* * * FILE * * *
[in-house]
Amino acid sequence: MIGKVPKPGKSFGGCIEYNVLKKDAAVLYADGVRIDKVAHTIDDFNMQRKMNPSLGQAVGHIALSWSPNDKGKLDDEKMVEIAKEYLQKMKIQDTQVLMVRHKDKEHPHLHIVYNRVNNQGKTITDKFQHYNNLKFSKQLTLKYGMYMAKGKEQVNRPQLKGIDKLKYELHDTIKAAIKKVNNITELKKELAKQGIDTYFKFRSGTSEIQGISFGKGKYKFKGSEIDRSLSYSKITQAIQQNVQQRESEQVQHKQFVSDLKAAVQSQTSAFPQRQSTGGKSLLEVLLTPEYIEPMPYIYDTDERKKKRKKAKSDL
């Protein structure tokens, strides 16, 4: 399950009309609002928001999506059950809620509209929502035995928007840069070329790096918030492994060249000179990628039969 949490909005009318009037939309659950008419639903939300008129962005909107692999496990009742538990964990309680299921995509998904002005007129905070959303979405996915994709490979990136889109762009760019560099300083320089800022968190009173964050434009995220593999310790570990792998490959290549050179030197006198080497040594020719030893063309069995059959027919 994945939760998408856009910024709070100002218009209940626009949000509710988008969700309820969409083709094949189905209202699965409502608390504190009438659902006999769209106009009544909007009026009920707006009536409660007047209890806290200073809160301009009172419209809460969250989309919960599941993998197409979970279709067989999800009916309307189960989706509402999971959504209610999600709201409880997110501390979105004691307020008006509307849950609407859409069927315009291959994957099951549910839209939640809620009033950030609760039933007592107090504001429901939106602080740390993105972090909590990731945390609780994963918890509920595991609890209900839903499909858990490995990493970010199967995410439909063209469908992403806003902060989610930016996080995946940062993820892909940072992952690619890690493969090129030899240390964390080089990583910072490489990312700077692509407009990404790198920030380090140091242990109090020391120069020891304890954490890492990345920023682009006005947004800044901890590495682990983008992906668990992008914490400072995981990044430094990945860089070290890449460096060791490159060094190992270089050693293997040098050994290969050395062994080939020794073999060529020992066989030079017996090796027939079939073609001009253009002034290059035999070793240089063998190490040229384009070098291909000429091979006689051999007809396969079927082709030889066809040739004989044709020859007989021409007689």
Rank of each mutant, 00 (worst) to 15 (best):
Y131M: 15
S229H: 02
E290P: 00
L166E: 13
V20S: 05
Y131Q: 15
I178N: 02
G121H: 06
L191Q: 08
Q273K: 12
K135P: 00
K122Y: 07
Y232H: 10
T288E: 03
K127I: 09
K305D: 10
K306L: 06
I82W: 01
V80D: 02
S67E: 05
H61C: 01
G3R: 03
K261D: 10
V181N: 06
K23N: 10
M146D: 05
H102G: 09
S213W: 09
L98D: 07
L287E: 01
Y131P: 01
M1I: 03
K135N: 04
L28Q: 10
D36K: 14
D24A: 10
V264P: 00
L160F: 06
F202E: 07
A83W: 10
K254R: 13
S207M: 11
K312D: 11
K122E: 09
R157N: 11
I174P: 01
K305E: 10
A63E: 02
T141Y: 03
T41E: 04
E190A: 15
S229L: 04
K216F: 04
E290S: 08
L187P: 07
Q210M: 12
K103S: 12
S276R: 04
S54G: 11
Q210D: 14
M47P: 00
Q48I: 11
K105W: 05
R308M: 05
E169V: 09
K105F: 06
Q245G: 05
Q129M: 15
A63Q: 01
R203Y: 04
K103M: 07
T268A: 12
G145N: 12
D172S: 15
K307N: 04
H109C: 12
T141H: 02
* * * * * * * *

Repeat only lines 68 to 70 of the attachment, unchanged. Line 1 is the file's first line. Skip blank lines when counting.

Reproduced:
R308M: 05
E169V: 09
K105F: 06